Three Sundays ago, we reflected on the wounds/scars of Jesus after his resurrection. We wondered why he kept the wounds/scars after his resurrection. If he could heal the sick, cleanse lepers, raise the dead, and rise from death himself, why did he not clean himself up after the resurrection? We concluded the reflection by noting that he knew better; he knew that the wounds would serve as testimony that he came, he saw, and he conquered. He knew that his disciples would recognize him by the wounds, so he kept them. There is power in the scars. They tell the story of a Shepherd who laid down his life for his sheep, the Lord who loved unto death.” As a lesson from Jesus, we concluded that being ashamed of our backgrounds is not the right approach to life. For we are who we are today either because of or despite our backgrounds. Whatever God permits in our lives is for a reason, and our responsibility is to see whatever comes our way as an opportunity for growth.

The Church is the mystical Body of Christ. Just like Jesus rose from death without denying the reality of Good Friday, the Church tells her story, including the “shameful” aspects of her story. An example of such “shameful” parts is in today’s first reading from the Acts of the Apostles. This reading tells the story of apostles and disciples who saw Jesus in person, listened to him, ate with him, witnessed the resurrection, etc. Some others who did not directly witness, heard from first-hand witnesses. One would have expected them to be the best-behaved of all people, yet, they were fighting over food. What a shame! And to make matters worse, instead of sweeping it under the carpet, the early Christians put it into writing for us to read as if there is something heroic about the followers of Jesus fighting over food.

According to the first reading from Acts of the Apostles, “As the number of disciples continued to grow, the Hellenists complained against the Hebrews because their widows were being neglected in the daily distributions.” The early Christians did not write it down because they were proud of the conflict. They wrote it down for us because they were proud of how they resolved the conflict through the power of the Holy Spirit. They wrote it down to teach us many lessons. This conflict came as part of the result of success. It was because they were growing in number and Christianity was expanding beyond the Hebrews that this conflict came up. So, when you progress, do not be surprised when you begin to face new challenges. Instead of allowing them to be a source of discouragement, work with the Holy Spirit to turn them into stepping stones to help you achieve higher success.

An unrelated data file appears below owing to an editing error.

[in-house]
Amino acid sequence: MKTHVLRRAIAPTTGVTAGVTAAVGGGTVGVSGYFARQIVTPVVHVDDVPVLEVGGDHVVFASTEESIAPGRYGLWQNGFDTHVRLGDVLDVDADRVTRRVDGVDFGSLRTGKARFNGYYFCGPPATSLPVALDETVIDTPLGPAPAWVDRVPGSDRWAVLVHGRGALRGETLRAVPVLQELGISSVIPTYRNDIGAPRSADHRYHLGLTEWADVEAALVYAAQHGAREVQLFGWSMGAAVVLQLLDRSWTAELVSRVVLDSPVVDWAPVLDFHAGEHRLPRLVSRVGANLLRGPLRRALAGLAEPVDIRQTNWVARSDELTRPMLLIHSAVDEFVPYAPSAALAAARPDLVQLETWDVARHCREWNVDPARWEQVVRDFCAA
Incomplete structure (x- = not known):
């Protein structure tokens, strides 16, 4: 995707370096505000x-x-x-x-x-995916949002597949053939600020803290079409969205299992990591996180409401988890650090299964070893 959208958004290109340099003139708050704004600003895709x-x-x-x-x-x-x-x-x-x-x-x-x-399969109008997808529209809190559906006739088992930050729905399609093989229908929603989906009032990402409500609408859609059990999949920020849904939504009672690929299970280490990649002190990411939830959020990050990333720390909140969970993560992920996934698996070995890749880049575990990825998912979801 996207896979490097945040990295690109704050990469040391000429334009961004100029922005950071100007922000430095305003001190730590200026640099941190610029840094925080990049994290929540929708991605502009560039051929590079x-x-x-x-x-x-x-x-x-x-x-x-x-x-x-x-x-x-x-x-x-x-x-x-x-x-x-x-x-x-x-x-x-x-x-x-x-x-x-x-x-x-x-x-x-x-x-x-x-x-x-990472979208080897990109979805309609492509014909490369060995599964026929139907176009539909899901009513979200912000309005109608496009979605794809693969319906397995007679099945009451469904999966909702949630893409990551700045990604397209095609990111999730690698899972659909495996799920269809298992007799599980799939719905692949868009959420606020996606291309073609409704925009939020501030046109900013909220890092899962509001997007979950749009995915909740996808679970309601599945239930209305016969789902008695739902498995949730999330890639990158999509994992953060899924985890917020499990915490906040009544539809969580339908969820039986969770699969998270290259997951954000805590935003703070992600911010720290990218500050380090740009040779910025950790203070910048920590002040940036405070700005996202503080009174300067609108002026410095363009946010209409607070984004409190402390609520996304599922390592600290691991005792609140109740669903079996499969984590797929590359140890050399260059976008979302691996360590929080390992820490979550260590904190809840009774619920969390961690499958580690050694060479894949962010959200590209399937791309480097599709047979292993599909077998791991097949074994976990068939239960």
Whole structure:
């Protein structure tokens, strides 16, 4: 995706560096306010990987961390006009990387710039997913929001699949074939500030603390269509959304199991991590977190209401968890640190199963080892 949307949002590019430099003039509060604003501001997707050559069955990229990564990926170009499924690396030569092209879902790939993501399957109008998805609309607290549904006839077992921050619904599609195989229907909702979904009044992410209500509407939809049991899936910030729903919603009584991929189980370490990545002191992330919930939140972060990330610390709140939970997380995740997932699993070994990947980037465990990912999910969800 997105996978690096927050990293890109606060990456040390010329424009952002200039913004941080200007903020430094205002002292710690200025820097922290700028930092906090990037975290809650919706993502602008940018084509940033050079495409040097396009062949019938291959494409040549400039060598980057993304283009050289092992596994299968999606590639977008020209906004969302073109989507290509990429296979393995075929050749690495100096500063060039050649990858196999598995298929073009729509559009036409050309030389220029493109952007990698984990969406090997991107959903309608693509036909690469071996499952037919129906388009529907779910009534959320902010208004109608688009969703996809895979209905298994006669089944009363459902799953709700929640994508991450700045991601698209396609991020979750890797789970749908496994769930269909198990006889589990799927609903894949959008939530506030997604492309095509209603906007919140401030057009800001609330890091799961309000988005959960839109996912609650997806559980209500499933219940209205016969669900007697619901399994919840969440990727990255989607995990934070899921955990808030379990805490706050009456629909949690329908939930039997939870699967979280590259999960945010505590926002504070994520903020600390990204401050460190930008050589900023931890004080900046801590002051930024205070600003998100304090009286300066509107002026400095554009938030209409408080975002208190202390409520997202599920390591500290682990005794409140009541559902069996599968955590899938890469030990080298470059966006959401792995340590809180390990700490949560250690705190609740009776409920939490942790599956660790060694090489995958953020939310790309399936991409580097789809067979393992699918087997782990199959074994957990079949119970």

This early conflict was between the Hebrews and the Hellenists. Who were they? Both of them were Jews. The Hebrews were the Jews born, raised, and lived all their lives in Palestine. They followed the Law of Moses; and kept their fathers’ traditions. They also attended the synagogues and read the scripture in Hebrew language. On the other hand, the Hellenists were Jews who were born and raised abroad. Their contact with different cultures made them embrace and practice some customs the Jews condemned. They were not familiar with Hebrew. They mainly spoke Greek, read their scripture in Greek, and did not follow some of the traditions of their fathers. You can now imagine the tension between the two Jewish groups. It is in a way like the relationship between the various generations of immigrants in the U.S. Imagine immigrants like Mexicans who were born in Mexico, Philippinos born in the Philippines, or Nigerians born in Nigeria and the relationship between them and their children, grandchildren born in the U.S. You hear a lot of, “Stop it! That is disrespectful to our culture;” in response, you hear, “No, Mom! This is America! This is 2023.”